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A New History of Ireland Volume VIIIreland 1921-84$
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J. R. Hill

Print publication date: 2003

Print ISBN-13: 9780198217527

Published to Oxford Scholarship Online: October 2011

DOI: 10.1093/acprof:oso/9780198217527.001.0001

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Northern Ireland, 1972–84

Northern Ireland, 1972–84

Chapter:
(p.395) Chapter XV Northern Ireland, 1972–84
Source:
A New History of Ireland Volume VII
Author(s):

Paul Arthur

Publisher:
Oxford University Press
DOI:10.1093/acprof:oso/9780198217527.003.0015

The period is best characterised as a time of drift and of helplessness, the collapse of old certainties and the beginnings of a new siege. It was the unionist community that felt the greatest sense of loss. It seemed to them that, overnight, untrammeled one-party rule had been replaced by a form of bureaucratic dictatorship from afar. Unionists felt betrayed by their ‘guarantor’, the government and parliament of the United Kingdom. For much of the period they were to engage in a form of intra-ethnic debate between those who called themselves unionists and those who were more comfortable with the term ‘loyalism’. In time, that discussion centred on what method of government best suited Northern Ireland: whether it should be fully integrated into the United Kingdom or ruled through a revised version of devolution.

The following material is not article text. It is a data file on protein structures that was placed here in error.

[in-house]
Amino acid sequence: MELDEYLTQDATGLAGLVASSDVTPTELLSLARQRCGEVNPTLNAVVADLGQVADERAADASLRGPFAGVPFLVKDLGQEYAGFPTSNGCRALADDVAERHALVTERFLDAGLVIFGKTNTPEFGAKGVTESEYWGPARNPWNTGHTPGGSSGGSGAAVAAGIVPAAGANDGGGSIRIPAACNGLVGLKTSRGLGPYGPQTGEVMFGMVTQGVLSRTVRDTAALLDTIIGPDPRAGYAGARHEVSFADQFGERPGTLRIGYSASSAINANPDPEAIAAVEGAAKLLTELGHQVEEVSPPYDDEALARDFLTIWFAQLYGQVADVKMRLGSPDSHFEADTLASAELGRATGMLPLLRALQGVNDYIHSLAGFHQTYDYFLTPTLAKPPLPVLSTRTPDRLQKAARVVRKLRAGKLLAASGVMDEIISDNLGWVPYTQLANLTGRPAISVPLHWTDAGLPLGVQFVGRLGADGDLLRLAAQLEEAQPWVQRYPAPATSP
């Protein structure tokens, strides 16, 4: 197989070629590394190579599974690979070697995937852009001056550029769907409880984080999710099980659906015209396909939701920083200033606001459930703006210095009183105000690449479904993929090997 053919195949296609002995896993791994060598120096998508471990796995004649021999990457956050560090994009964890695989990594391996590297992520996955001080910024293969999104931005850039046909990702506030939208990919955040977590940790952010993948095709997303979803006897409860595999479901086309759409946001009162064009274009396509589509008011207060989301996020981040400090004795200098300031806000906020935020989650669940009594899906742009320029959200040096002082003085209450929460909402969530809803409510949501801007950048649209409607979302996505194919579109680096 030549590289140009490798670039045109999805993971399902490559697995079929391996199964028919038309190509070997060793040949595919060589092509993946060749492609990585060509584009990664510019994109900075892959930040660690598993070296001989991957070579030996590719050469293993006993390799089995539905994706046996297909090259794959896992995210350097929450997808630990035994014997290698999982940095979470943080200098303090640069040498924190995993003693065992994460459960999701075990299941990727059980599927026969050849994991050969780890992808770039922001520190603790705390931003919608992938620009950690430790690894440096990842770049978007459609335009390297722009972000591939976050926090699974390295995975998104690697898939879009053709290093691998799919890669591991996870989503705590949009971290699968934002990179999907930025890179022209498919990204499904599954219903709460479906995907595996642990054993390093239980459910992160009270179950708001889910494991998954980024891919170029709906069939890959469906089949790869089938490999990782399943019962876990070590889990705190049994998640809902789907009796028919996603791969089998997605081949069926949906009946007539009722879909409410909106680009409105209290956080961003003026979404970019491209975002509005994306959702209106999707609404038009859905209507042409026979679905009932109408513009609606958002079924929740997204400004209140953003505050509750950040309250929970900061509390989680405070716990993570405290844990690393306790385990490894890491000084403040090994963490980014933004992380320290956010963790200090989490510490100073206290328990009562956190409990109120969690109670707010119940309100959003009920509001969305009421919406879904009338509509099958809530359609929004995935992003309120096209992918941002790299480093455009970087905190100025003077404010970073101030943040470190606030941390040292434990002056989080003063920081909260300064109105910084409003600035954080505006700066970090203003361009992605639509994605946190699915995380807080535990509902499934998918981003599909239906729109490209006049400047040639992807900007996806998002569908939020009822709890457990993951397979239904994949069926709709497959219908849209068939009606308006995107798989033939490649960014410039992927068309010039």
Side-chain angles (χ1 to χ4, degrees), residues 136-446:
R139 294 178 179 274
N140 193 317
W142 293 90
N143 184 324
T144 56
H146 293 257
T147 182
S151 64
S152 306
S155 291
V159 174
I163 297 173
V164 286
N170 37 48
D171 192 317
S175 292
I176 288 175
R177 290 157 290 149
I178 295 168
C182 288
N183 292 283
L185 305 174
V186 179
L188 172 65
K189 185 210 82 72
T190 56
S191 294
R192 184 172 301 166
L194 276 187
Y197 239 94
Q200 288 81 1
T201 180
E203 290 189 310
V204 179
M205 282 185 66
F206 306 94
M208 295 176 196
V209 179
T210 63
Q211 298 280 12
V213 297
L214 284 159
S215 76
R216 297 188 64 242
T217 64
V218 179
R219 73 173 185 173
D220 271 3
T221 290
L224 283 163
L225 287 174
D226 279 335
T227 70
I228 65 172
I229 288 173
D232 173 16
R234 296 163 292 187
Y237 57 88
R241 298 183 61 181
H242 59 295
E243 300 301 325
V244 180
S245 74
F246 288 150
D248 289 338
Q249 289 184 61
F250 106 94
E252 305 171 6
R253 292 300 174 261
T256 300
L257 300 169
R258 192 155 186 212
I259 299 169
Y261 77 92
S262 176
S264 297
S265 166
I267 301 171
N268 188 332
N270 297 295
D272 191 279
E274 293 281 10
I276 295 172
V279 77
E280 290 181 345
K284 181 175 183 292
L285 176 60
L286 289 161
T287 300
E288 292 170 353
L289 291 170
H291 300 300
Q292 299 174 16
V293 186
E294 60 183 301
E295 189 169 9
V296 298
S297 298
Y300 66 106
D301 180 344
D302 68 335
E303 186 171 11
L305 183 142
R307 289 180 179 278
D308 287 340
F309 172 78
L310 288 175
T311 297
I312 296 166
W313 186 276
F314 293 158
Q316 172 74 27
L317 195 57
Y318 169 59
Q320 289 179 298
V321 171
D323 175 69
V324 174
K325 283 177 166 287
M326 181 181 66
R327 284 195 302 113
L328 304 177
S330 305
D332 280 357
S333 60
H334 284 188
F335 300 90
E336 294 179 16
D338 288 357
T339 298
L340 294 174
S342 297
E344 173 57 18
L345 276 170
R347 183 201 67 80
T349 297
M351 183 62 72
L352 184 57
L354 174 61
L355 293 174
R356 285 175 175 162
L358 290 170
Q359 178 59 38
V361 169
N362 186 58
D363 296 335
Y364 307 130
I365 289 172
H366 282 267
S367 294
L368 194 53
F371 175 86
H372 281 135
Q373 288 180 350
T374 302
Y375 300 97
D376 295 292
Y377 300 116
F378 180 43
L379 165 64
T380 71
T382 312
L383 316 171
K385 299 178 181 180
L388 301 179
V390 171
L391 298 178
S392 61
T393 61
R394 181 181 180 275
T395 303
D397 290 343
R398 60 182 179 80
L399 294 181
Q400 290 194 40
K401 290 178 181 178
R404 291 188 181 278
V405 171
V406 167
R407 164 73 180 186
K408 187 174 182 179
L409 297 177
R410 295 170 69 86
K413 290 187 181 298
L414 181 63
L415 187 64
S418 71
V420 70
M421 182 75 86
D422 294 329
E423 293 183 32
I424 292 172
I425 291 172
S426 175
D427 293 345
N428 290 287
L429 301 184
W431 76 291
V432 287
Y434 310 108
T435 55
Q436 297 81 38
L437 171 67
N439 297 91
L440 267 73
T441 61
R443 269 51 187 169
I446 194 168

Keywords:   unionists, dictatorship, government, parliament, United Kingdom, loyalism, Northern Ireland, devolution

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